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Sex Fantasy

Sofia Foster-Dimino. Koyama, $18 ISBN 978-1-927668-46-7

Relationships emerge and deteriorate in this collection of ten Ignatz Award–winning self-published zines by illustrator Foster-Dimino. The character designs are elegantly simple, each composition beautifully contained, each line crisp and clean, every emotion naked. The collection opens with two chapters of diverse, nameless people declaring idealized, lovingly practical tasks—“I carry my best friend up a hill,” “I fix the wires,” “I water the plants.” But in subsequent stories, notes of doubt and uncertainty emerge. A girl in a patterned sweater is embraced from behind by someone who whispers a string of devastating observations—“You bore people, have you noticed that?” A fashionista tutors a frazzled acquaintance on the rules of dating and tricking people into believing she is normal. A couple go on a Hawaiian vacation that nearly ends their relationship. Potential adulterers confess their feelings in a cave. Each tale is intimate and mysterious, the fantasy of the title often a denial of the harmful effects of desire. With her deceptively simple line, Foster-Dimino has captured deep, dark places where the conscious mind rarely goes. (Sept.)

Reviewed on 09/22/2017 | Details & Permalink

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Hard Boiled

Frank Miller, Geof Darrow, and Dave Stewart. Dark Horse, $19.99 (136p) ISBN 978-1-50670-107-3

Miller and Darrow’s spectacular grim and gritty SF gorefest from 1991 has been released in a newly recolored edition. The plot is slim: average guy Nixon believes he’s just a simple tax collector, but he’s really Unit Four, a berserk cyborg assassin who routinely murders countless bystanders in pursuit of his targets. When Unit Four is confronted with the reality of his own robotic body, he goes on a rampage against his programming and the (literal) corporate fat cats who made him. Darrow’s insanely intricate penciling brings each violent act into sharp focus, as flesh is shredded in hundreds of increasingly creative ways—all brought to gruesome life by Stewart’s colors. The book’s best humor (besides the dark comedy of Unit Four’s stubborn naiveté) comes from Darrow’s never-ending supply of background gags: shoppers buying sausages the size of their bodies, absurd appliances like the “Lazy Goy.” Those jokes still hold up, which is more than can be said for Miller’s plot, consumed by the same problematic treatment of women that plagues his Sin City work; the result is a technical marvel with a dated flavor. (Sept.)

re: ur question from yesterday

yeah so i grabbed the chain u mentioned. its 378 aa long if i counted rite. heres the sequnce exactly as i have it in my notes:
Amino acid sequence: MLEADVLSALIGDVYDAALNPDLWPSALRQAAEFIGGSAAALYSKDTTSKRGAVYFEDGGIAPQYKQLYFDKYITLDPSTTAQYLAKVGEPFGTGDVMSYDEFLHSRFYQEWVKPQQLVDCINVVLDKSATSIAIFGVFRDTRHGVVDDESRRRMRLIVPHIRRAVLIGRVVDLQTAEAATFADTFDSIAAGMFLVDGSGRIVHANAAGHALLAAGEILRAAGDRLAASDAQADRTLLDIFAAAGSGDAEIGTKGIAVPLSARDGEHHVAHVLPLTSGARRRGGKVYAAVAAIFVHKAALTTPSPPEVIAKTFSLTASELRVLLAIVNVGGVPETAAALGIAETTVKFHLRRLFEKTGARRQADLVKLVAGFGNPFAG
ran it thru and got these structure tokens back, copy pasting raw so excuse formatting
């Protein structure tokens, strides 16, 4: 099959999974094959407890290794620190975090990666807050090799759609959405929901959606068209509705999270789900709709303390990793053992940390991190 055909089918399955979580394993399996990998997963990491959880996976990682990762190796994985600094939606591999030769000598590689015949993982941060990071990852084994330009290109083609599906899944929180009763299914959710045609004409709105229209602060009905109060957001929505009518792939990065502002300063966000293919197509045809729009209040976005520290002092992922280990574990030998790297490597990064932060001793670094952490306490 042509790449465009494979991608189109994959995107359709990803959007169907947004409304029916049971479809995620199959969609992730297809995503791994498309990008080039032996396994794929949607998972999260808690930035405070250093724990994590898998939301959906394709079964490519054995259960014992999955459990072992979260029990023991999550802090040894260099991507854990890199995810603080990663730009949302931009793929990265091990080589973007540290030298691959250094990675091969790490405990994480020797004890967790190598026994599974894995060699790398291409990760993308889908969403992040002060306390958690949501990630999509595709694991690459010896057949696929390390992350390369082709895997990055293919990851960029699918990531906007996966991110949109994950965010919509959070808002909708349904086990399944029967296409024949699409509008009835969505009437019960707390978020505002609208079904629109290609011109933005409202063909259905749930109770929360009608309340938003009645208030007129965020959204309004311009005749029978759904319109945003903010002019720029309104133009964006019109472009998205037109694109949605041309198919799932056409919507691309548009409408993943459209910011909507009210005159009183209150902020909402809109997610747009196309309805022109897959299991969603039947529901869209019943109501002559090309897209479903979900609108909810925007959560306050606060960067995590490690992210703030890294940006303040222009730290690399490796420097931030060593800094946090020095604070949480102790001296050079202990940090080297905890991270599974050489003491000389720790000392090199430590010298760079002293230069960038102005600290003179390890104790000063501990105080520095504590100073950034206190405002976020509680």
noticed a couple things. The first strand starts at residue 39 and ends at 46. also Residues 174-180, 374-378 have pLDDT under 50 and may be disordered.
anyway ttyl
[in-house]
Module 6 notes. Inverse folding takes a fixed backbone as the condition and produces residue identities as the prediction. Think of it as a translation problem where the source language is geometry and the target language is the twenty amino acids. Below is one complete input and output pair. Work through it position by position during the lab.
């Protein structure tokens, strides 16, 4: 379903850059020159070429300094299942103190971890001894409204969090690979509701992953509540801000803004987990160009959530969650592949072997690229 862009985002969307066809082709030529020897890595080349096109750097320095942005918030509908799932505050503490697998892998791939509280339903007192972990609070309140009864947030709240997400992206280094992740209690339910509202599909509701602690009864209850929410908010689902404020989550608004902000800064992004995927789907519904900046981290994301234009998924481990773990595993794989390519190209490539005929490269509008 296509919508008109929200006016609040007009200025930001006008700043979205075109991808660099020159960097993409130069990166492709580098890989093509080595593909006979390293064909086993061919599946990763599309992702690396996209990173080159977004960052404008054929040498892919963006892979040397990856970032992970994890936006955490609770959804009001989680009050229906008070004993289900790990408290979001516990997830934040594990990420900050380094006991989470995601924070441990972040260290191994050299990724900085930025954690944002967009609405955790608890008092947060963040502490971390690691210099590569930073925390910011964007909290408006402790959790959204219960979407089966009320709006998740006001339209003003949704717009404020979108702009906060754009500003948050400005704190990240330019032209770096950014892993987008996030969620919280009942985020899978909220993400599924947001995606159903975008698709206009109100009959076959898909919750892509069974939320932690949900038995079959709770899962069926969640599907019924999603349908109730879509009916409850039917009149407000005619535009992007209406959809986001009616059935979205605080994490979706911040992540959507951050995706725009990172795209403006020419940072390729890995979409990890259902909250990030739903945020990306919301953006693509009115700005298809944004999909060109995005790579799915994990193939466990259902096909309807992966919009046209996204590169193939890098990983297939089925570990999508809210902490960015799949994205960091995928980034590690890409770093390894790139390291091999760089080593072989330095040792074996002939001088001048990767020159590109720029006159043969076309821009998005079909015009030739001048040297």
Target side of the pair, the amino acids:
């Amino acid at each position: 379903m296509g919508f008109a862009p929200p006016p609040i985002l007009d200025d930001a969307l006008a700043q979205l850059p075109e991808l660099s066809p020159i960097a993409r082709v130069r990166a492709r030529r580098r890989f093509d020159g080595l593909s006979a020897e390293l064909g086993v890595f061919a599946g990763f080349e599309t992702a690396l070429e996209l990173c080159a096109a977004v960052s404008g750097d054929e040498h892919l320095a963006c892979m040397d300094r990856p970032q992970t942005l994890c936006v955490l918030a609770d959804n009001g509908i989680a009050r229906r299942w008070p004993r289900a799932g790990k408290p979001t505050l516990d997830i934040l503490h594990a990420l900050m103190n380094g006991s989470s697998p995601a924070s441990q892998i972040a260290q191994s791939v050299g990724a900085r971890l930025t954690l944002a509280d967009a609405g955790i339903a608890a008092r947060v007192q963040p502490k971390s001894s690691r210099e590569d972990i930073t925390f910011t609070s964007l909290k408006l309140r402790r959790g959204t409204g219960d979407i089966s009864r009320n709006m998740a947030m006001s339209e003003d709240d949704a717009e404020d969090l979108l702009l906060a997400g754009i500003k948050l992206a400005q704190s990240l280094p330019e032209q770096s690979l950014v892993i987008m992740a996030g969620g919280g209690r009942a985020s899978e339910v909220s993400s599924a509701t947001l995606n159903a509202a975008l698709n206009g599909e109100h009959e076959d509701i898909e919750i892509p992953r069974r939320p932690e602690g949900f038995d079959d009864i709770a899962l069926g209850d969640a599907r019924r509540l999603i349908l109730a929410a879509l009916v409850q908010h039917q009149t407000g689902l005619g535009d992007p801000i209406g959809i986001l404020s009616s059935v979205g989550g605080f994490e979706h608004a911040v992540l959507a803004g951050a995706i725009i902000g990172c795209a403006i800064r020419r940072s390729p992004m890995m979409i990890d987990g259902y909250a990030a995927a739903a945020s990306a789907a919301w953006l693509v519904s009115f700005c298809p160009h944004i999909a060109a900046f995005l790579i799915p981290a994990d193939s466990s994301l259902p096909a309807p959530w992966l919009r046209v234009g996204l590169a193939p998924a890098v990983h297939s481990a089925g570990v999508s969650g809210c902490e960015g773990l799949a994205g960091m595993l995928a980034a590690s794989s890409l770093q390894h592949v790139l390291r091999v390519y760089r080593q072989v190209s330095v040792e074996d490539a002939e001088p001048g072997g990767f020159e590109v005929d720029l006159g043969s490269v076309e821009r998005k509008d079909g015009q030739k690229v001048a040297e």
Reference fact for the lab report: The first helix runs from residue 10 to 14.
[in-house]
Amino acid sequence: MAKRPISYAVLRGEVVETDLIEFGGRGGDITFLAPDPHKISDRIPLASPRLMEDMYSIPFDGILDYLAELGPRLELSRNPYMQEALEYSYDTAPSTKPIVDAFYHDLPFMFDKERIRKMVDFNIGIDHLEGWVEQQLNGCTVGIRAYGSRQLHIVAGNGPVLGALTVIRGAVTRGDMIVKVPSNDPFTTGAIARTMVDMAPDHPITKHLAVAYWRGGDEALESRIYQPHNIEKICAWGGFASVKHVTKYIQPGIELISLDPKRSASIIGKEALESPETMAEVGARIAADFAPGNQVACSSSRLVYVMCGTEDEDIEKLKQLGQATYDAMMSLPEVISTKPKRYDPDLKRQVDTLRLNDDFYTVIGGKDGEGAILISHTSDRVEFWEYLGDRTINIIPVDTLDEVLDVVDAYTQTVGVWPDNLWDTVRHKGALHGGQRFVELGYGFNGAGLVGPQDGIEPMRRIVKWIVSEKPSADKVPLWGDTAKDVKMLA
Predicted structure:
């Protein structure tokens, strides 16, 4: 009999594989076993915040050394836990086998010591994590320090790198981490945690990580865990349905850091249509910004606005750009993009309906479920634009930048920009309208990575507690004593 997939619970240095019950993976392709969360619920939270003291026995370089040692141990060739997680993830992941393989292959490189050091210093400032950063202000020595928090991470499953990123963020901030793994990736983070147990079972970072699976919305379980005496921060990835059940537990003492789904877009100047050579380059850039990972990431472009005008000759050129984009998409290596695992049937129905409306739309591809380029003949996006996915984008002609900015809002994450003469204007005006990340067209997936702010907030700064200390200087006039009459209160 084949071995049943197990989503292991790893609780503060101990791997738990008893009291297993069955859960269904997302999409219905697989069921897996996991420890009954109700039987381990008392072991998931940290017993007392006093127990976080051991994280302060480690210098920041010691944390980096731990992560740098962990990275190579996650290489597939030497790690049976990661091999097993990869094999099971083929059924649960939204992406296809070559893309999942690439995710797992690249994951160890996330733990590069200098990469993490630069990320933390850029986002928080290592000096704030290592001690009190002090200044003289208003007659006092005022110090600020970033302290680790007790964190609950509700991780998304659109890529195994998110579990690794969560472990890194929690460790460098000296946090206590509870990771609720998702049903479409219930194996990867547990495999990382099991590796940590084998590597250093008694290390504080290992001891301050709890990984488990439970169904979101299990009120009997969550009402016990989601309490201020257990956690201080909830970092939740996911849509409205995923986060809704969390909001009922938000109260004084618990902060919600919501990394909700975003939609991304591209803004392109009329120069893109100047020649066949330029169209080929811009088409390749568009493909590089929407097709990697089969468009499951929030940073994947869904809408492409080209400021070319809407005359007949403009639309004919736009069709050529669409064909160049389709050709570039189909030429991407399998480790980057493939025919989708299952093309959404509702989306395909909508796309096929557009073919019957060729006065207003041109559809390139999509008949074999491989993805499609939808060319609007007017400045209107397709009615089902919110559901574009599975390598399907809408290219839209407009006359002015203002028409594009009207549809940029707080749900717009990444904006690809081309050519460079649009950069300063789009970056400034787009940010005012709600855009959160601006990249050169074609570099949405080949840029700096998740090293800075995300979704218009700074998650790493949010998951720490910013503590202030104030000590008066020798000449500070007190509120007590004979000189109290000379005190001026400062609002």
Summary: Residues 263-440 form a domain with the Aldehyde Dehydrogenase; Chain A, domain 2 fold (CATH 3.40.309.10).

Reviewed on 09/22/2017 | Details & Permalink

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Naruto: Chibi Sasuke’s Sharingan Legend, Vol. 1

Kenji Taira, trans. from the Japanese by Amanda Haley. Viz, $9.99 trade paper (192p) ISBN 978-1-42159-710-2